• Consequences: Automating communication affects and involves a variety of actors: when algorithms produce content this changes the effort and role of journalists. So we for instance ask: How do media actors engage with algorithmic content production? How does automated communication affect media use and media effects? Are journalists “gaming” the algorithms of platforms, and how? Who creates the tools and affordances that automate communication—and under which conditions? What happens when low-wage employees execute highly automated tasks, partly in order to mimic algorithms and artificial intelligence (“fauxtomation”)? New and (semi-)automated actors such as trolls, connected activists, and social bots alter the strategies of campaigning and the way parties and other organizations plan their activities. Who are these actors, and are they actors at all? Who can be held accountable for automated communication? Does automated communication cause dissonance and disrupt public spheres, and if so, how is this happening and can automation be a cure as well? What are challenges and possible solutions for regulation and media policy?
  • Critique: The story of automating communication can be told from two perspectives: the few who are shaping, designing, programming and implementing automation technologies, and the many who are using and become part of automated communication. In this regard, automation raises questions of power and power relations. Automating core features of democracy such as the assignment of relevance and legitimacy to issues, actors, and specific content, based on data and algorithms controlled and operated by a few private companies challenges notions of transparency, due process, and legitimacy. What are the regulatory measures to curb this power? And can automation provide meaningful answers to social problems? What is the impact of the increasing automatic detection of content deemed illegitimate (e.g., hate speech, copyright violation, nudity) in social media and comment sections? What is the role of datafication for automated and automating communication?

Studying automated communication often involves computational methods and trace data. But qualitative methods such as ethnography, interviews or observations can also help us to understand how automation comes about and actors use or make sense of automated communication. Particularly research focusing on social media platforms faces severe challenges of data access and data management nowadays, dealing with data protection regulation, privacy issues, and proprietary data. Analyses of automated actors, such as bots, rely on black-boxed tools and call for interdisciplinary approaches. We thus also invite submissions with a critical perspective on research methods and research ethics.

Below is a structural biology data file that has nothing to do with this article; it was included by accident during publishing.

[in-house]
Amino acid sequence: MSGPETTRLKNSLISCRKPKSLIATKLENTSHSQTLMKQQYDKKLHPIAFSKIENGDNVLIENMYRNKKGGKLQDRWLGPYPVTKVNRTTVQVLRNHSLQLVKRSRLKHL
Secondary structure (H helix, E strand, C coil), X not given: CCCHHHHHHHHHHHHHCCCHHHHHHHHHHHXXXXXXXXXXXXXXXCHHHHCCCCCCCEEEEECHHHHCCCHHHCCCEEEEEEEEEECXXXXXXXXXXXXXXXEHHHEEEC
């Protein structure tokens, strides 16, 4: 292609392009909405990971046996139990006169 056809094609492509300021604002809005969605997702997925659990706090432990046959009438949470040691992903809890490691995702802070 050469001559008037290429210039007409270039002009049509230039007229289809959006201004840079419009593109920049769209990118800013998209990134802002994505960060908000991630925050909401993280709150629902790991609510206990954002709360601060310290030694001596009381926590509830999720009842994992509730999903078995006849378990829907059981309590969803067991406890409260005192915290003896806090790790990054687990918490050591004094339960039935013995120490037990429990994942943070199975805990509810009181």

1,000 to 1,500 word abstracts should be submitted by June 15, 2022 via the submission form at The abstract should articulate: 1) the issue or research question to be discussed, 2) the methodological or critical framework used, and 3) the expected findings or conclusions. Feel free to consult with the Special Issue Editors about your article ideas and potential angles or approaches.

No payment from the authors will be required.

Decisions will be communicated to the authors by September 15, 2022. Invited paper submissions will be due March 1, 2023 and will be submitted directly to the submission site for New Media & Society: where they will undergo peer review following the usual procedures of New Media & Society. Please note that the invitation to submit a full article does not guarantee acceptance into the special issue.


Christian Katzenbach, (katzenbach /at/ Christian Pentzold, (christian.pentzold /at/